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TRAVEL & LEISURE

Jupiter and Saturn Are About to Appear Closer Together in the Sky Than They Have in 400 Years

It's called a 'great conjunction' — and it's happening this month.
By Sarah Ward
December 16, 2020
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Jupiter and Saturn Are About to Appear Closer Together in the Sky Than They Have in 400 Years

It's called a 'great conjunction' — and it's happening this month.
By Sarah Ward
December 16, 2020
  shares

In an emotional sense, things are looking up this December. It's the festive time of the year, 2020's horror show is almost over and a much-needed break from the chaos is upon us. It's also worth peering skywards in a literal sense, however — because an event called the 'great conjunction' is about to happen way above our heads, and seeing it is a once-in-a-lifetime opportunity.

If you're not familiar with the term 'conjunction' within the field of astronomy, it refers to two objects or spacecraft sharing the same right ascension or ecliptic longitude — so they're at the same angular distance in one way or another. What makes a conjunction great? That happens when Jupiter and Saturn are involved. Specifically, it's used to describe the moment that the two planets are at their closest apparent point together in the sky.

Great conjunctions actually happen around every 20 years, when Earth's orbit aligns with the pair as well so that their seemingly close proximity can be seen in our evening sky. The last took place on May 31, 2000 — but the one this month, on Monday, December 21, 2020, is particularly special. That's because Jupiter and Saturn will appear closer together than they have in almost 400 years (since July 16, 1623, in fact). Because of this great conjunction's timing, it's also being called the 'Christmas Star'.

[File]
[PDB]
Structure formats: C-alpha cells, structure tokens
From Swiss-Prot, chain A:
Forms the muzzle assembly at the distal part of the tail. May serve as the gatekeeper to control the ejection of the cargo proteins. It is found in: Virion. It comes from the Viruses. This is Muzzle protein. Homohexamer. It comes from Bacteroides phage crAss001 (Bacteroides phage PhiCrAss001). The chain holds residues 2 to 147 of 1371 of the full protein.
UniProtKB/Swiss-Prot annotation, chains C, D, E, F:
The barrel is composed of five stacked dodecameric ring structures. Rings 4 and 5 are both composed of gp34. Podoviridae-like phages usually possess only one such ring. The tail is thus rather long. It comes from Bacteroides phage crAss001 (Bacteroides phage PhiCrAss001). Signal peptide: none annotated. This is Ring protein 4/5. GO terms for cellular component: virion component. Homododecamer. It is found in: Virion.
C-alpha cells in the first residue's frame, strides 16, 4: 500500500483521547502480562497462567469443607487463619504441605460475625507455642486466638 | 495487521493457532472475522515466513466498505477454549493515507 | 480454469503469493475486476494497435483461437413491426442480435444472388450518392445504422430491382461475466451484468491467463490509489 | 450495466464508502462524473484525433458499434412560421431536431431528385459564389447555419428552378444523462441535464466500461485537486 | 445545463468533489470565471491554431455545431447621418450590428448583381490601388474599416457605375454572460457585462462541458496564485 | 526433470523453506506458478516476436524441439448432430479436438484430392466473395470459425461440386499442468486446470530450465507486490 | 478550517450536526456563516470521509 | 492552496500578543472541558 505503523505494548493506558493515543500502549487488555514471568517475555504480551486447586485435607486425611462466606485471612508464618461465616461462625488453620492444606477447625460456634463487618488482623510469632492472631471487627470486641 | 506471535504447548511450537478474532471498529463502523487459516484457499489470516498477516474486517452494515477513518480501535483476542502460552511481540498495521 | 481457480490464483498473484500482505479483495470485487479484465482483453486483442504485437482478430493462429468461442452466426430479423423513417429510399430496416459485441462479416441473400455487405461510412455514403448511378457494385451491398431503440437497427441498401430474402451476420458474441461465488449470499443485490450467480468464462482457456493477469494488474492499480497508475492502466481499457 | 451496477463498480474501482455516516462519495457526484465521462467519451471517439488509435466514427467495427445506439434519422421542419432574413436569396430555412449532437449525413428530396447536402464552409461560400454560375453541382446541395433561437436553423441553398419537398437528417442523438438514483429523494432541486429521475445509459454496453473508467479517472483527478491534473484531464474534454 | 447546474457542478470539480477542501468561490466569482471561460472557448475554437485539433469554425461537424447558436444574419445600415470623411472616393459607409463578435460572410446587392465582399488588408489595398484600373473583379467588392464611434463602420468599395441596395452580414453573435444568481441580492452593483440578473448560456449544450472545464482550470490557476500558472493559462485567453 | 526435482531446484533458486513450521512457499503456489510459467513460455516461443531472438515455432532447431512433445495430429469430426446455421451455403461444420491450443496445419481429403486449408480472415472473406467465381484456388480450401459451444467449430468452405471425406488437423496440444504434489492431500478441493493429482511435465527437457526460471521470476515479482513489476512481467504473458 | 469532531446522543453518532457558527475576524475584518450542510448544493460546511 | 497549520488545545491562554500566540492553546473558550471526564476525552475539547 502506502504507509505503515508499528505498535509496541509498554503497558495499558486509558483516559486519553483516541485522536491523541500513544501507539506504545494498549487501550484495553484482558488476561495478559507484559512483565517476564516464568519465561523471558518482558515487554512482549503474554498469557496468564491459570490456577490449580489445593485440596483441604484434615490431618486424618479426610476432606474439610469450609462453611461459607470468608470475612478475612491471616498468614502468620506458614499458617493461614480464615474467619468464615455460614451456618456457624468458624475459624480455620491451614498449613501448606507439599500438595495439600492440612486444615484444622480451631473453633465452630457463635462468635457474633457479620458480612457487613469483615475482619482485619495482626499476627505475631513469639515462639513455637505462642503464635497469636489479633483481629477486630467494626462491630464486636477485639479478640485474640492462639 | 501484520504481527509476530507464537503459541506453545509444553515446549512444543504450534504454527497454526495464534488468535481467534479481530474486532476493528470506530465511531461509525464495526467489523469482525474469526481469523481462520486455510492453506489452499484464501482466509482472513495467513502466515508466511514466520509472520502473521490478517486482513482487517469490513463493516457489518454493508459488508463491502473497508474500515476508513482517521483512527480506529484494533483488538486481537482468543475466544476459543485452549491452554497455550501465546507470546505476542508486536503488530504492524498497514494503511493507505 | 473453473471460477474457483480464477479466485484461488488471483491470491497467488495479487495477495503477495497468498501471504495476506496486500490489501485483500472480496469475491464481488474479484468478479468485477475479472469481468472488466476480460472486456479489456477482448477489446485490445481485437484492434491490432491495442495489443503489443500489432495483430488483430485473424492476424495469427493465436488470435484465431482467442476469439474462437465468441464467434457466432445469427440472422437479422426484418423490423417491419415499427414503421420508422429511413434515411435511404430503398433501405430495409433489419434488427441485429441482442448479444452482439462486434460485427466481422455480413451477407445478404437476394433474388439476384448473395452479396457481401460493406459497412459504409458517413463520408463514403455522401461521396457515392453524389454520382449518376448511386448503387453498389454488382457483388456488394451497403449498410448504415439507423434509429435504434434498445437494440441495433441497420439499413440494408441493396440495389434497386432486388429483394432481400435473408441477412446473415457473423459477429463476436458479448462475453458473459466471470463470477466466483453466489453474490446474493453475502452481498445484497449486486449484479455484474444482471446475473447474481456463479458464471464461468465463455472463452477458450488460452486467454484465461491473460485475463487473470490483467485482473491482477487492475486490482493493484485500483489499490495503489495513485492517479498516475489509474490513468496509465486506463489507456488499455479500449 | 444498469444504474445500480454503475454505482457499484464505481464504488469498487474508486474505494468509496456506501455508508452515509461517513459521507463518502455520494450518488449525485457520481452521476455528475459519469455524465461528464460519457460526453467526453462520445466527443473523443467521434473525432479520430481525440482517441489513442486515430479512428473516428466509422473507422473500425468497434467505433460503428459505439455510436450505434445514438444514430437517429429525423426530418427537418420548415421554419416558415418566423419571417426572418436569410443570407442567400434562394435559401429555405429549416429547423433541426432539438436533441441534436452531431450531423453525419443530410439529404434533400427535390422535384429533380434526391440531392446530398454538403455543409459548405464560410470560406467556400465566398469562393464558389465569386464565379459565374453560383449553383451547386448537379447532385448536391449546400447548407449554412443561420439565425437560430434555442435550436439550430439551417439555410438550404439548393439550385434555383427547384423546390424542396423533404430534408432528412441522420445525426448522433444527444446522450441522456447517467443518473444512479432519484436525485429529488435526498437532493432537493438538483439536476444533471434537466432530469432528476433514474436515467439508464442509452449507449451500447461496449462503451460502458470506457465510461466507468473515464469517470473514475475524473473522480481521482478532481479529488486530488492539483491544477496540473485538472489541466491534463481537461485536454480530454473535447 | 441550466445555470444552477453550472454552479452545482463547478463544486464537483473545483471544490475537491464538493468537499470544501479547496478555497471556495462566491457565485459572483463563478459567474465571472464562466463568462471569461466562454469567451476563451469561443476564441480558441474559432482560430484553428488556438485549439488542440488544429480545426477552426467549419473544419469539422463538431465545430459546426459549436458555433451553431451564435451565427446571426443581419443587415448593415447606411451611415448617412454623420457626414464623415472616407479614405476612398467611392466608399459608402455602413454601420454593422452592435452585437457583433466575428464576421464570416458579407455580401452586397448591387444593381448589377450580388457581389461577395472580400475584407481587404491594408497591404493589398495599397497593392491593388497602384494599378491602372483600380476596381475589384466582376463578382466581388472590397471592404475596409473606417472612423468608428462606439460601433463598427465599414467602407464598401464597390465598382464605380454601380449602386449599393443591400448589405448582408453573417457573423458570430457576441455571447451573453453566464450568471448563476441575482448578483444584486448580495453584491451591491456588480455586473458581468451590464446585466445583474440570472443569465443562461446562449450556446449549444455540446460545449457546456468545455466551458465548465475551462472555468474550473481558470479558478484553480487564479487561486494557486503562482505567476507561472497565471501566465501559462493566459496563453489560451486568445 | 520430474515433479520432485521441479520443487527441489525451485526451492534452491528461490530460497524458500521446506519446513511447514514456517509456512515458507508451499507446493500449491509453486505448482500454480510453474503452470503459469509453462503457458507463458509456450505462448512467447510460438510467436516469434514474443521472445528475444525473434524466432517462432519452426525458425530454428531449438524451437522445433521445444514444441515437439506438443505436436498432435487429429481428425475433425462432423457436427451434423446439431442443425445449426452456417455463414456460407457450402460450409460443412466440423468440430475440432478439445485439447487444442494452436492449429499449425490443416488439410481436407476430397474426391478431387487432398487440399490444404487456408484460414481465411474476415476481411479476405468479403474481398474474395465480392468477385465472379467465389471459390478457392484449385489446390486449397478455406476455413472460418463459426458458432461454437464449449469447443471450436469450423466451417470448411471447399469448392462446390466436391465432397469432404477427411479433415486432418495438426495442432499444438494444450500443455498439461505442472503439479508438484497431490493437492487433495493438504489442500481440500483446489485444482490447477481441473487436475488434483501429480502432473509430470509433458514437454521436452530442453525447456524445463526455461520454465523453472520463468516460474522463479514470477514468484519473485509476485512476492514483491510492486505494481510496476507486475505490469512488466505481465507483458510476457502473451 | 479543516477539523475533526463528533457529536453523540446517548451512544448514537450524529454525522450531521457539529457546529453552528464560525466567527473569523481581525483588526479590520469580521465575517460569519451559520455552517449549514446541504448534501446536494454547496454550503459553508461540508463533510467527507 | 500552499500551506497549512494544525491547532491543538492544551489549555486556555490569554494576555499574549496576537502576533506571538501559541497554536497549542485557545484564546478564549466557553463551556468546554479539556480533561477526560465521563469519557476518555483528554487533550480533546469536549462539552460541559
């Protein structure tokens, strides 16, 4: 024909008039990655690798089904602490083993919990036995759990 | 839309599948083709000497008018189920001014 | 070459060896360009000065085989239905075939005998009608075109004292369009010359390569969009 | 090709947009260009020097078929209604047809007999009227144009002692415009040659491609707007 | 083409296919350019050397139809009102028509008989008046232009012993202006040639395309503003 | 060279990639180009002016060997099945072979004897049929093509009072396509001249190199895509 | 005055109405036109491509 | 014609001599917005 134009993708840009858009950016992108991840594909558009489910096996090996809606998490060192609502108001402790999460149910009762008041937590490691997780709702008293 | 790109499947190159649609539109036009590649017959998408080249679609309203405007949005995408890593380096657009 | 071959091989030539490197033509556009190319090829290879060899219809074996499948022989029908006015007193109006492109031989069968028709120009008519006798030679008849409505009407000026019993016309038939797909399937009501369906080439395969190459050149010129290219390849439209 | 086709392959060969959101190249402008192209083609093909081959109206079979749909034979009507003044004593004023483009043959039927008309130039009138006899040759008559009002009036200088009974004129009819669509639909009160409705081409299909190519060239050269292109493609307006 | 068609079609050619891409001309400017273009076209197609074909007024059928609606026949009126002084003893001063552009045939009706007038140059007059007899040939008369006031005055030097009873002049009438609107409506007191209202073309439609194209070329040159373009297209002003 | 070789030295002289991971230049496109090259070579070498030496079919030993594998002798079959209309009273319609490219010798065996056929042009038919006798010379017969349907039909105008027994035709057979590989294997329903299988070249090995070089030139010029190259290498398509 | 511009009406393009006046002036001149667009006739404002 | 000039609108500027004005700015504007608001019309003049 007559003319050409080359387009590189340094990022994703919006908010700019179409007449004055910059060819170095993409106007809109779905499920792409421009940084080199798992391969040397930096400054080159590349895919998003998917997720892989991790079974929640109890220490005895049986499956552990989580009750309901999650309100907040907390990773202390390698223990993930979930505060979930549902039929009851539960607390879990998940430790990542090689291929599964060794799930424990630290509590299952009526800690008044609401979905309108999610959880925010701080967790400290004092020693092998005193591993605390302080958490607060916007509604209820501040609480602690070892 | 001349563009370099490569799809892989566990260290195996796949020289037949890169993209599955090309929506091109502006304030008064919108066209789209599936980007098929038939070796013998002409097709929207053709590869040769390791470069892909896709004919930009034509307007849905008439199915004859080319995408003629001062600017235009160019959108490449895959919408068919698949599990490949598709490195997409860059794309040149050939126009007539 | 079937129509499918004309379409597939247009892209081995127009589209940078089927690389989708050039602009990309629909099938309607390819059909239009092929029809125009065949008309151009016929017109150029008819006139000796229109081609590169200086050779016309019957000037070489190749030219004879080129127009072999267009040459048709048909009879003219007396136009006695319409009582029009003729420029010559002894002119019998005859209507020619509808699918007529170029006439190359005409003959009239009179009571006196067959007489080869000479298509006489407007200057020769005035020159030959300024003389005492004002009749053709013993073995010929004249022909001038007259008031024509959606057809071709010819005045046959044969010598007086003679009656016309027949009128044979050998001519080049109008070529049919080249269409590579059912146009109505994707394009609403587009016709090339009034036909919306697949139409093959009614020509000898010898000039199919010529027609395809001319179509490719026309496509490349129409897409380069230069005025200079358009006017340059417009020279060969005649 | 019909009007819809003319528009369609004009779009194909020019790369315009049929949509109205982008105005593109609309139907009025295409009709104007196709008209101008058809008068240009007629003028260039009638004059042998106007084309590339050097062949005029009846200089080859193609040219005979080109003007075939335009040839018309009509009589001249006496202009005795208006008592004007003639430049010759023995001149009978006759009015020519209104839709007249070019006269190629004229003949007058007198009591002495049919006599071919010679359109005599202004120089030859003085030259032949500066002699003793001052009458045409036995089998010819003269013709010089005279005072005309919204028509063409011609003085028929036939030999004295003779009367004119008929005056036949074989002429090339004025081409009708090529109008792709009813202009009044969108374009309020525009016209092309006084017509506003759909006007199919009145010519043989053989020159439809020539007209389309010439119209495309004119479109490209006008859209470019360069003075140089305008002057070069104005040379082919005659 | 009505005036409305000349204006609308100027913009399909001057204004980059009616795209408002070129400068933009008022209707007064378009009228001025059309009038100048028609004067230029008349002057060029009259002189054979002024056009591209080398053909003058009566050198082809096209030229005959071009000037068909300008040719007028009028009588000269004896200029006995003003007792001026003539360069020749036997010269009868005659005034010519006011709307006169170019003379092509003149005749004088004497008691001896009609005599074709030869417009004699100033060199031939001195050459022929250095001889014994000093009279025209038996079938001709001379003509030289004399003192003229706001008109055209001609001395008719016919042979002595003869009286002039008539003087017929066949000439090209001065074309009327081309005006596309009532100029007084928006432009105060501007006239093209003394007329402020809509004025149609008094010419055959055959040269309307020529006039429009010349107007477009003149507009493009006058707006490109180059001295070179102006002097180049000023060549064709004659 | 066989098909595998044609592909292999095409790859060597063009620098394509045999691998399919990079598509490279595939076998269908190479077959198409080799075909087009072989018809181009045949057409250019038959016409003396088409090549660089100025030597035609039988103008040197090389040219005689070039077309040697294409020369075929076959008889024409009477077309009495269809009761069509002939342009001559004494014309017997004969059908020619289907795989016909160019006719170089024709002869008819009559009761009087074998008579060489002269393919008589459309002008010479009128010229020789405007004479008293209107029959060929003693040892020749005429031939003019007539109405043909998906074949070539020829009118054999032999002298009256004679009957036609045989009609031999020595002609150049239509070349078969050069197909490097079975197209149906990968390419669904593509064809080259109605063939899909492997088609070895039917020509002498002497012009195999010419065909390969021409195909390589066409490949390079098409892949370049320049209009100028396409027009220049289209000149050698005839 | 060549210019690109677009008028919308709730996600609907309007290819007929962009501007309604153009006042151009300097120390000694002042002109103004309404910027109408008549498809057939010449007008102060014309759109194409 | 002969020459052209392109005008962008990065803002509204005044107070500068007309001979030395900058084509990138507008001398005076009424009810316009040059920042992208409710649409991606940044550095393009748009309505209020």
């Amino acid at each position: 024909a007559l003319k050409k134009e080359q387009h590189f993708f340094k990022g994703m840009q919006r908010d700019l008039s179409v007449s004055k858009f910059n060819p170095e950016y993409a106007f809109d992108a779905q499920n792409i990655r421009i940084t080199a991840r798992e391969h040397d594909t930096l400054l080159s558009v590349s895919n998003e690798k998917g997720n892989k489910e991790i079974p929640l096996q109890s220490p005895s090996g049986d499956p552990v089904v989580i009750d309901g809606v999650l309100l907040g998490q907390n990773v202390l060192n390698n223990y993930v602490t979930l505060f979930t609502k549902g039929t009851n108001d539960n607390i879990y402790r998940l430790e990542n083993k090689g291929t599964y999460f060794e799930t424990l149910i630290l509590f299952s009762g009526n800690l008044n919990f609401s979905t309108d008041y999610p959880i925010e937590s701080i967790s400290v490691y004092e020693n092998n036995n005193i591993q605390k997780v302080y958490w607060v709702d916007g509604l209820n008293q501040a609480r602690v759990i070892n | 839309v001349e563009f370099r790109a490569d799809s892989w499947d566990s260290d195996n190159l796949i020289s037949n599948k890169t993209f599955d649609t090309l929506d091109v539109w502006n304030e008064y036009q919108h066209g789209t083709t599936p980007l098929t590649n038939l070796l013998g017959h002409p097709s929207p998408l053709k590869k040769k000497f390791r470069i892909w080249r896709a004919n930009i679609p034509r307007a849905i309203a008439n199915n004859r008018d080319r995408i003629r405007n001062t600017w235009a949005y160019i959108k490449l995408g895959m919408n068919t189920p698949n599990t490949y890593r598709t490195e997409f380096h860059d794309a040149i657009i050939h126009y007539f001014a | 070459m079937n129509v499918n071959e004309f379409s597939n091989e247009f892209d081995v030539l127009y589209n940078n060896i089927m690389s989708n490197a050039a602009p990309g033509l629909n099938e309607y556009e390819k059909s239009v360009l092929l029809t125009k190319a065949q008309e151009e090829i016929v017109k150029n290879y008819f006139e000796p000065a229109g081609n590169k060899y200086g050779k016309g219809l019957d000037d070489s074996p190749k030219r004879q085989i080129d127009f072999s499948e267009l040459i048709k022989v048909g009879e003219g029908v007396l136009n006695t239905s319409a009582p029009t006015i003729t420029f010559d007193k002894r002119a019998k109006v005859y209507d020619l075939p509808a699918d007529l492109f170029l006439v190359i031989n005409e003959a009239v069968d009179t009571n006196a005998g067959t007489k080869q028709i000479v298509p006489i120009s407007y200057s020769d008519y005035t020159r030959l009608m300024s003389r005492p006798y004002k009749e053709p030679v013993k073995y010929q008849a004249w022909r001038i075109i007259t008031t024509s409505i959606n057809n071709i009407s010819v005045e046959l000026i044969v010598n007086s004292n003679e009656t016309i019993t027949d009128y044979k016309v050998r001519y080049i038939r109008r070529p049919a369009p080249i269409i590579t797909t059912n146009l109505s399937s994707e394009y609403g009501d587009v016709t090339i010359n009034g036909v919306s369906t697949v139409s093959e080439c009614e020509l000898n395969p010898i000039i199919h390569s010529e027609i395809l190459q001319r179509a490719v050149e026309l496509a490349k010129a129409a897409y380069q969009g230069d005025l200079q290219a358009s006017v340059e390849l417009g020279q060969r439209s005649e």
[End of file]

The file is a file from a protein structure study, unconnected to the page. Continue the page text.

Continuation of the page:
As NASA explains, the two planets "have been traveling across the sky together all year", and getting closer across the month of December. On Monday, though — which coincides with the December solstice — they'll appear a mere tenth of a degree apart. They'll also look so near to each other that Saturn will seem as if it's as close to Jupiter as some of the latter's moons.

And, as timeanddate.com notes, they'll appear so close and bright that they even might look like a single star — if you're wondering why else the 'Christmas star' nickname popped up. Plus, this is also the first time in "nearly 800 years since the alignment of Saturn and Jupiter occurred at night", says NASA. The conditions really couldn't be better in 2020, in other words

The great conjunction will be visible almost everywhere around the globe on Monday evening, and via the naked eye as well. To get the best glimpse, you'll want an unobstructed view of the sky around an hour after sunset — and, to see Jupiter's moons, to use binoculars or a telescope. If you do choose some optical help, you'll be able to see both Saturn and Jupiter, as well as their moons, in the same field of view. And if you're wondering where you're looking, folks in the southern hemisphere should peer towards the western horizon.

NASA advises that the planets won't be as close during the 2040 and 2060 great conjunctions, so 2080 is the next time you'll have a similar planet-watching opportunity. Indeed, as timeanddate.com outlines, only six great conjunctions across the thousand-year period from 1600–2599 will see Jupiter and Saturn appear two tenths of a degree or less apart (and, after this century, the next two won't happen until 2417 and 2477).

December has already delivered a sky show via the Geminids meteor shower, so this may be just the latest astronomical gift this month — but it won't be repeated in a hurry.

The Jupiter and Saturn great conjunction will be visible in the evening of December 21, 2020.

Published on December 16, 2020 by Sarah Ward

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